The debate over how to reform Freddie Mac and Fannie Mae, after a string of highly publicized scandals, is focusing on a proposal to limit explicitly the mortgage giants’ business to secondary markets.
The proposal, part of a bill introduced by Sens. Chuck HagelChuck HagelWho will temper Trump after he takes office? Hagel: I’m ‘encouraged’ by Trump’s Russia outreach Want to 'drain the swamp'? Implement regular order MORE (R-Neb.), John Sununu (R-N.H.) and Elizabeth Dole (R-N.C.), would create a “bright line” between secondary and primary mortgage markets that government-sponsored enterprises (GSEs) would be unable to cross.
The plan has stirred much debate among financial trade groups and the GSEs.
A group of eight trade associations wrote to Senate Banking Committee Chairman Richard Shelby (R-Ala.) last month in support of clearly delineating primary and secondary markets.
“It is vital…that the GSE’s focus on the secondary market mission prescribed in their charters and that the clear distinction between primary and secondary market activities be reaffirmed by Congress and the new regulator,” the groups wrote.
America’s Community Bankers (ACB), one of the letter’s signatories, wrote a separate letter a week later reiterating support for the bright line but raising concerns that the proposal could require that Freddie and Fannie get rid of their automated underwriting systems, services upon which many banks rely.
“ACB’s members, who constitute the primary market, oppose legislative language that would force the divestiture by the GSE’s of automated underwriting systems, document and custodial functions, or other activities that primary market participants regard as essential services to them,” wrote ACB Chairman Harry P. Doherty.
In mid-March, Freddie Mac began circulating a position paper opposing the bright-line proposal.
“The Bright Line proposal turns back the clock on mortgage finance by prohibiting Freddie Mac and Fannie Mae from having any role before loans are closed and funded. The proposal would significantly increase costs for all borrowers and for all lenders — especially smaller lenders,” Freddie Mac wrote.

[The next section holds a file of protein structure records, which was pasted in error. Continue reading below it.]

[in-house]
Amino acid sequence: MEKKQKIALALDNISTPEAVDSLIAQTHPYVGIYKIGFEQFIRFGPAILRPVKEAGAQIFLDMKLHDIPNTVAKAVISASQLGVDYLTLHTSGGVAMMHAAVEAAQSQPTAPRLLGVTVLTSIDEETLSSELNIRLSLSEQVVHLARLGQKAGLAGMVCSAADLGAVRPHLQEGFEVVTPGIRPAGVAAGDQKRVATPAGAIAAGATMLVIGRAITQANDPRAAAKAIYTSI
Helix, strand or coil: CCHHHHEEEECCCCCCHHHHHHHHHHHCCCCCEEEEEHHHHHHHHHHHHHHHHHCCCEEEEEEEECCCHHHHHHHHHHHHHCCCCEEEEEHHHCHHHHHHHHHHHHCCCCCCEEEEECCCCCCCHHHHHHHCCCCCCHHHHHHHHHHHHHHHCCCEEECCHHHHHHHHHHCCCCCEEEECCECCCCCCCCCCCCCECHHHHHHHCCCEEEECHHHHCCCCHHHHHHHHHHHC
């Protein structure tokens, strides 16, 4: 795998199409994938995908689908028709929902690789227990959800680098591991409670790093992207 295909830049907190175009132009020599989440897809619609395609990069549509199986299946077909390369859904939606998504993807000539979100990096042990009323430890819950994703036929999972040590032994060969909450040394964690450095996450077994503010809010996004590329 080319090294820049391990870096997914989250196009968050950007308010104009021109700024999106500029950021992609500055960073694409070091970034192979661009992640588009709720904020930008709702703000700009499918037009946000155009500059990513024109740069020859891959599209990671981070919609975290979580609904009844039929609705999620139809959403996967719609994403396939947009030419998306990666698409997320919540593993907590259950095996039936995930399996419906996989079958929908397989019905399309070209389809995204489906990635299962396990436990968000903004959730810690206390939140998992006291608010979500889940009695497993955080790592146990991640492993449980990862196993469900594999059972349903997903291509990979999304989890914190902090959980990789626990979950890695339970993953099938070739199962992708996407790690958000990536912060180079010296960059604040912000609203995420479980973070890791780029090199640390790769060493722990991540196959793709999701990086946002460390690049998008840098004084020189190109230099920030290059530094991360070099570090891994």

The paper prompted a rebuttal from the Mortgage Bankers Association (MBA) titled “Why the Bright Line Helps Mortgage Markets.”
“Having a bright line separating the primary and secondary markets would provide more than mere clarity. It would retain competition, especially in the primary-market loan-underwriting function. MBA very strongly supports competition because competition, more effectively than anything else, spurs innovation and lowers prices to consumers,” the mortgage bankers’ rebuttal said.
Most recently, six trade groups, including the National Association of Home Builders and the National Association of Realtors, wrote Senate Banking Committee leaders to caution against the bright line proposal.
“The true danger of this ‘bright line’ proposal is that its overly broad approach would instantaneously preclude many of the GSE’s existing products and activities that were designed solely to increase access to mortgage credit, lower the costs of homeownership and foster innovations in home financing. For example, the ‘bright line’ provision would undermine state-of-the-art mortgage underwriting technology that has contributed significantly to the vibrancy, competitiveness, and risk management that are vital to the contemporary house finance system and would curtail the development of market-drive mortgage products and programs that meet lender and homebuyer needs.”
Industry insiders said it was likely that the language in the bill would be modified as it moves toward a Senate markup.
Smaller mortgage lenders are “not going to have the resources to develop sophisticated automated underwriting systems themselves,” said Bob Davis, executive vice president of ACB.